By Deb Powers

Luscious strawberries, ripe, red and fresh from the garden, are one of summer’s true treasures. The vegetables, fruits and herbs you plant near and around your strawberry plants may help increase your yield, keep pests away from the vines and improve the flavor of the berries. Companion planting, sometimes called diversity planting, has little support in research, says Kelle Carter in a 2006 article for “The Cutting Edge” newsletter, but strong anecdotal evidence suggests many benefits to choosing your plants’ neighbors wisely. Strawberries have particular tastes in close companions.

Strawberries and greens go together on the plate and in the garden. Spinach and strawberries grow well side-by-side because they each take different nutrients from the soil. The strawberry’s foliage provides natural shade for spinach’s delicate leaves. Spinach and lettuce draw a lot of nitrogen from the soil, creating more favorable conditions for fruit on the berries. When the soil is high in nitrogen, strawberries grow lush foliage and few berries.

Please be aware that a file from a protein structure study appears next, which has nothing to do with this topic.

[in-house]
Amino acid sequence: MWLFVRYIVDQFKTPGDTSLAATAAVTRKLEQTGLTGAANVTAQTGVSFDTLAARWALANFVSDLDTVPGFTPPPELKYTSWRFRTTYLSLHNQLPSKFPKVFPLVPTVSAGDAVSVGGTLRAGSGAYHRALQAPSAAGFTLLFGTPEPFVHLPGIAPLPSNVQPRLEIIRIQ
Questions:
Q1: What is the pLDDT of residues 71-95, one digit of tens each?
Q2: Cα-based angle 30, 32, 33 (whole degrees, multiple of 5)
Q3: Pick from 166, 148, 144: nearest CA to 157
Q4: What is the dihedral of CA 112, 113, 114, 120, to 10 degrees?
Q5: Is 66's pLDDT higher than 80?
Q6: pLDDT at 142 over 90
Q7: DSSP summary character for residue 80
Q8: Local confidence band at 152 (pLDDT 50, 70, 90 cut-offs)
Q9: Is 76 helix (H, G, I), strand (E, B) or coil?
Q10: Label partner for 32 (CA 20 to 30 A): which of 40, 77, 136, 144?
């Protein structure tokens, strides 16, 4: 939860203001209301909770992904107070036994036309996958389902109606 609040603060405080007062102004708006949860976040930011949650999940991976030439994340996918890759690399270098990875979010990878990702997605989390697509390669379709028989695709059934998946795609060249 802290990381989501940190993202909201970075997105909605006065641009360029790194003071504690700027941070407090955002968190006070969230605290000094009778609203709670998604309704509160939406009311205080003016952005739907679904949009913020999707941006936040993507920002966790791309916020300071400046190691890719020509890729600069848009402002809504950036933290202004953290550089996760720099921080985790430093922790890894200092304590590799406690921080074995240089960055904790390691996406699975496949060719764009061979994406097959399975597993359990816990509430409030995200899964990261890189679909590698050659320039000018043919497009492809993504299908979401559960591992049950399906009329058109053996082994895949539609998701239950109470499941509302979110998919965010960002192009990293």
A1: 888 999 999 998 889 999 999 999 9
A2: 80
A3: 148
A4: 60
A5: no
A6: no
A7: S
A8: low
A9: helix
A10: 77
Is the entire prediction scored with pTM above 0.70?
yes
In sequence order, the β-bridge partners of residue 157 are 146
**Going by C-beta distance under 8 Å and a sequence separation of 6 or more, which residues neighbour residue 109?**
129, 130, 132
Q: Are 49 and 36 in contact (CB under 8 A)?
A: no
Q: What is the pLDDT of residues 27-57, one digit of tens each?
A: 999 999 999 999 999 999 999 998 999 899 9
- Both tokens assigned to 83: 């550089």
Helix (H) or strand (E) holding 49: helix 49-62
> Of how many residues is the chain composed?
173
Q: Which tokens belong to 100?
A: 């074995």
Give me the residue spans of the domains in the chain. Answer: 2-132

Borage, commonly called starflower, will attract bees to help pollinate your strawberries so that they set fruit. The bright blue flowers add visual appeal to your garden, and the plant itself helps replenish trace minerals in the soil, such as potassium. Your strawberries will also benefit from a boost in disease and insect resistance, thanks to the borage. A border of thyme around the strawberry patch will help keep away worms while attracting pollinators.

Strawberries grow happily among legumes such as bush beans and peas. Experts seem divided on whether strawberries get along with onions, chives and garlic. OregonLive’s Vern Nelson suggests planting strawberries alongside chives, peas and radishes, while the staff at Gold Mountain Herb Farm warns against planting chives and garlic near strawberries.

Shade-loving varieties of strawberry do well as a ground cover planted around pear, apple and peach trees.

Avoid planting strawberries near cruciferous vegetables such as cabbage, broccoli and Brussels sprouts, suggests the staff at Ed Hume Seeds, while the staff at Gold Mountain Herb Farm warns that strawberries don’t get along well with chives, garlic or rosemary.